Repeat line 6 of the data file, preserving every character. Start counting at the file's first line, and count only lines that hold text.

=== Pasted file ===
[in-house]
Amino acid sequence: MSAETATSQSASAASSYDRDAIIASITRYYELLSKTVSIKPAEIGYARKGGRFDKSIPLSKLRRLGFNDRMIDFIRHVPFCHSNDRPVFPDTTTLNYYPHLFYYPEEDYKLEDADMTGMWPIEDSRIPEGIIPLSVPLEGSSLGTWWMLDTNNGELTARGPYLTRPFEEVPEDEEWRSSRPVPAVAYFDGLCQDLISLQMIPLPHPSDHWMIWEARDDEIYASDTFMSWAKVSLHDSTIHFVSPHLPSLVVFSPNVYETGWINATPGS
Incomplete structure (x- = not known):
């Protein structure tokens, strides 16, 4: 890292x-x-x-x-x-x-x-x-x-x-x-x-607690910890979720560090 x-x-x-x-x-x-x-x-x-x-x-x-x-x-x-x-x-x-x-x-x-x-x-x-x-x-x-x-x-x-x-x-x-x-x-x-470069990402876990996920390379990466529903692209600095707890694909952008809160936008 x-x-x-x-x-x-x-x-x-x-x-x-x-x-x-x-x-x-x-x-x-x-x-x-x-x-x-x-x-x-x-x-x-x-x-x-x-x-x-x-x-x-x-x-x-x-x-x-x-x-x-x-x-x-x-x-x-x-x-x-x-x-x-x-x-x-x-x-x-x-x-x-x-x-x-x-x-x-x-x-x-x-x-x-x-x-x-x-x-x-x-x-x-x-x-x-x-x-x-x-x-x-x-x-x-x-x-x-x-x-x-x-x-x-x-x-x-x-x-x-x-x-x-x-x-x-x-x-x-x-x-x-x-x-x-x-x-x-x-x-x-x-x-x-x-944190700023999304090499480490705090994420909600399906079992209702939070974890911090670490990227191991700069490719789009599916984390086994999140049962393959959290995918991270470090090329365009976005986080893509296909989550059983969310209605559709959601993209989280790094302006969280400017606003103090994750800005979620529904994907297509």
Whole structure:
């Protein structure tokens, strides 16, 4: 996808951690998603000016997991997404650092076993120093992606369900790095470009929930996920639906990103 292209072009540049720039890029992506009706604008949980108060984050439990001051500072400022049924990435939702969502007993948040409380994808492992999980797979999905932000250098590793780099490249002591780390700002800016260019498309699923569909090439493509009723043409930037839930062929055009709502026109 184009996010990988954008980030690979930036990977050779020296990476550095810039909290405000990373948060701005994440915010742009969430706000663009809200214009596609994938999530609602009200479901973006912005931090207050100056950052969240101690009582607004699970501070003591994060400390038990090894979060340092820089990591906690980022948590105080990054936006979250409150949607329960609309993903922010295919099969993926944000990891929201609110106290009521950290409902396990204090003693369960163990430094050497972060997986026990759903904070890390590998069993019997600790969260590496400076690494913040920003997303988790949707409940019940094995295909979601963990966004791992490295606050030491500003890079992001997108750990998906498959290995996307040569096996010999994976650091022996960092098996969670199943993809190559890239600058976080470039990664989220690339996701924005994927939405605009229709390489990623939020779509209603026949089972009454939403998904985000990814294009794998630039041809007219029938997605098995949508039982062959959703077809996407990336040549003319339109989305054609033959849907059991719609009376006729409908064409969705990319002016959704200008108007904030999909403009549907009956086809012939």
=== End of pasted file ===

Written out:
């Protein structure tokens, strides 16, 4: 996808951690998603000016997991997404650092076993120093992606369900790095470009929930996920639906990103 292209072009540049720039890029992506009706604008949980108060984050439990001051500072400022049924990435939702969502007993948040409380994808492992999980797979999905932000250098590793780099490249002591780390700002800016260019498309699923569909090439493509009723043409930037839930062929055009709502026109 184009996010990988954008980030690979930036990977050779020296990476550095810039909290405000990373948060701005994440915010742009969430706000663009809200214009596609994938999530609602009200479901973006912005931090207050100056950052969240101690009582607004699970501070003591994060400390038990090894979060340092820089990591906690980022948590105080990054936006979250409150949607329960609309993903922010295919099969993926944000990891929201609110106290009521950290409902396990204090003693369960163990430094050497972060997986026990759903904070890390590998069993019997600790969260590496400076690494913040920003997303988790949707409940019940094995295909979601963990966004791992490295606050030491500003890079992001997108750990998906498959290995996307040569096996010999994976650091022996960092098996969670199943993809190559890239600058976080470039990664989220690339996701924005994927939405605009229709390489990623939020779509209603026949089972009454939403998904985000990814294009794998630039041809007219029938997605098995949508039982062959959703077809996407990336040549003319339109989305054609033959849907059991719609009376006729409908064409969705990319002016959704200008108007904030999909403009549907009956086809012939």